What does the future hold?

6 July 2010

The Global Packaging and Converting Industry Outlook 2010 conducted by ICD Research shows that the packaging industry is generally optimistic about the revenue growth of its companies. In all, 66% of packaged goods manufacturers and 62% of converters are optimistic over growth. Revenue growth optimism among packaging suppliers grew from 20% in Q2 2009 to 58% in Q4.

And the printing sector among converters is positively buoyant, if comments after the Ipex exhibition are anything to go by. See my Ipex report for a taste of the positive vibe that was running around the show: I personally didn’t talk to anyone who wasn’t ‘over the moon’ at the interest from visitors, and, more importantly, their serious intentions to invest in new presses and auxilliaries. Some weighty deals were done at the show, with more in the pipeline, from all accounts.

Many at the show remarked on the high level of international visitors, notably those from India, China and Brazil. These are obviously up and coming areas for future business, and this is borne out by the ICD survey, which found that packaging buyers in these areas were more optimistic about the sales growth of their companies than developed countries, due to the growth in the food processing market and other related industries such as pharmaceuticals. Also, these developing regions were identified as the fastest-growing markets for the next 12 months.

Not surprisingly, ‘recyclable’, ‘biodegradable’ and ‘smart’ packaging sectors are predicted to offer the greatest growth potential in the developed world in the coming year.

Companies are trying to cut down on their environmental impact in a number of ways, but there will almost always be waste generated by the packaging and converting sectors. How to deal with this waste is the subject of one of our features this month.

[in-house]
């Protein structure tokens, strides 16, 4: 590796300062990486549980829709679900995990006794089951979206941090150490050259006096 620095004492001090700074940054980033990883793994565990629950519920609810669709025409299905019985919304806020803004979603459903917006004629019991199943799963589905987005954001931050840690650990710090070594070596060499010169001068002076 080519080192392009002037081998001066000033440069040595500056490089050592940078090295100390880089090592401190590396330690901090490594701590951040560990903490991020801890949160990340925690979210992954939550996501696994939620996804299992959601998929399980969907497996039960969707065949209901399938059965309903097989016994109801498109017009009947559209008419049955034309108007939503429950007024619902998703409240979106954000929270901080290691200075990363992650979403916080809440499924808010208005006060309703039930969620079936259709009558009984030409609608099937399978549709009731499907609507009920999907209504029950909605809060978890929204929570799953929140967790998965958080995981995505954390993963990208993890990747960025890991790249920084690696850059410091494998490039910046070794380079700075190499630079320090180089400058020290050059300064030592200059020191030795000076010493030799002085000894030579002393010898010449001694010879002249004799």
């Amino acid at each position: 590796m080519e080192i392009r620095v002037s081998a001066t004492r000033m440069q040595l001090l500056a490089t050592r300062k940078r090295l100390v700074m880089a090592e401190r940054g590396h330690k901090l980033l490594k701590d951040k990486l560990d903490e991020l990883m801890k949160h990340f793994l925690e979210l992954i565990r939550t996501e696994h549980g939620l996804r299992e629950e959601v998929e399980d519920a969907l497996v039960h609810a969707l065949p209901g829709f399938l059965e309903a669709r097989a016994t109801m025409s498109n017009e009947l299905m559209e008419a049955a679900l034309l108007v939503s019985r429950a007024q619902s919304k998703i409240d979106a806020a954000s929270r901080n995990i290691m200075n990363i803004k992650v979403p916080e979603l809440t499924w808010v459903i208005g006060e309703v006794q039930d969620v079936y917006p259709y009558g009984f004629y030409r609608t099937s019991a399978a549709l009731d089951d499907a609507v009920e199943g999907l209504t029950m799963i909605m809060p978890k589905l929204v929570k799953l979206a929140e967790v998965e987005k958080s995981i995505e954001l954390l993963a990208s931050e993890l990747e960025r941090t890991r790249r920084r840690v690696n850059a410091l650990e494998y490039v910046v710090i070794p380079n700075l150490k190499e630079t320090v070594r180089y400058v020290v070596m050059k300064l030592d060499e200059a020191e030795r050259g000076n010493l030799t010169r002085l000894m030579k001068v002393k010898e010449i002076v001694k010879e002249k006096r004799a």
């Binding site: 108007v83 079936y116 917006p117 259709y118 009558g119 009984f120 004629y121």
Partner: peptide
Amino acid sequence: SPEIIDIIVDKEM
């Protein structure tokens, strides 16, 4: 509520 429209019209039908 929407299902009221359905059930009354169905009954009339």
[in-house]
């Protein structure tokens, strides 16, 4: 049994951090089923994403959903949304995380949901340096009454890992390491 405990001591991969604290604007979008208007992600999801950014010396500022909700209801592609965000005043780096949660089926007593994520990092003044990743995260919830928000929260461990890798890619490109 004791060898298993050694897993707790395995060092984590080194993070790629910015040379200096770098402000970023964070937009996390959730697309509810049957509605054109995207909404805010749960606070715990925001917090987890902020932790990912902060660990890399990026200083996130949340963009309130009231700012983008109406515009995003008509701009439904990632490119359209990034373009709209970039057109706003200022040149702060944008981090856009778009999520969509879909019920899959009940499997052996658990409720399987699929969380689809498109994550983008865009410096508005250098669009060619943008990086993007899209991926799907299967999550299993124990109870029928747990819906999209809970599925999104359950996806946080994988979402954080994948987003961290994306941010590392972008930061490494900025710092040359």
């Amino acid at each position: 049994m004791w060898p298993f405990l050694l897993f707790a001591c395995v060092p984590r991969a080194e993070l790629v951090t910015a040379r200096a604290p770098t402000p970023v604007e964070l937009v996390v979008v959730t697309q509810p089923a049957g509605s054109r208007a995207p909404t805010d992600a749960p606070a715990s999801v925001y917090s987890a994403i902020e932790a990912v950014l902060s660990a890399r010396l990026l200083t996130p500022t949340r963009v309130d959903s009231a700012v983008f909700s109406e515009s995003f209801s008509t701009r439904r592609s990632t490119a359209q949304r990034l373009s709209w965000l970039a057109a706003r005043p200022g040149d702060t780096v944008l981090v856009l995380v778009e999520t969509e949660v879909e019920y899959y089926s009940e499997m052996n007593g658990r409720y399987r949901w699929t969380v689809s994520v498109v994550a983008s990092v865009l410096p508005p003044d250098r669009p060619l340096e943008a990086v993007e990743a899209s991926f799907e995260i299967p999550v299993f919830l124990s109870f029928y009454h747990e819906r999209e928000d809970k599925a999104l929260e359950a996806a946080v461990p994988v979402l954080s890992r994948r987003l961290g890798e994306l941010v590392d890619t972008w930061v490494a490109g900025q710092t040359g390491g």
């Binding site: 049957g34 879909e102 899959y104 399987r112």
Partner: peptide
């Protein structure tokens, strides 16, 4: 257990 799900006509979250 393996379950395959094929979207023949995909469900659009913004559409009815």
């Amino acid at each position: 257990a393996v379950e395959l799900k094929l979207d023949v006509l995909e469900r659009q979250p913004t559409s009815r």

More good news from the ICD report: the majority of packaging companies will be increasing procurement spend over the next 12 months by 6.3%, taking the annual procurement budget to US$66 million in 2010-2011. If this proves to be the case, it will be a big leg-up for an industry that has had its hands tied behind its back in the past year due to lack of funding.

However, the industry still faces a number of challenges over the coming months. Every day I receive notifications of raw materials prices increases, and ‘responding to price pressures’ is high on the agenda of concerns, with 60% of respondents citing this as their top concern, according to the ICD report. ‘Cost containment’ and ‘rising competition’ have additionally been identified as the most pressing business concerns.

The rise in competition should spur companies to provide better service to customers. However, the survey indicates that most industry suppliers are falling short of their knowledge of buyer needs. Aside from price pressures, suppliers need to have contingency plans in order to mitigate supplier failure and maintain business continuity. Packaged goods manufacturers identified that they are ‘looking for alternative suppliers/capacity’ and ‘seeking preferred customer status with existing suppliers’ to plan for future product/supply shortages.

Packaging suppliers also identified their major issues for 2010. The majority of companies are adopting ‘waste management/reduction’; budget control’ policies; and ‘automation/technology advancements’ to overcome present business challenges. Most of the respondents are also concentrating on ‘new product development’; ‘new market entry’; and ‘price reviews’ as key ways to drive sales.

So, although the future is looking decidedly brighter, those companies that don’t address buyers’ needs will begin to lose out to competitors who can guarantee continuity and a high level of services.

It’s not rocket science, but it is worth taking the time to re-assess business models and practices to address these real concerns.

Maureen Byrne,


Maureen Byrne

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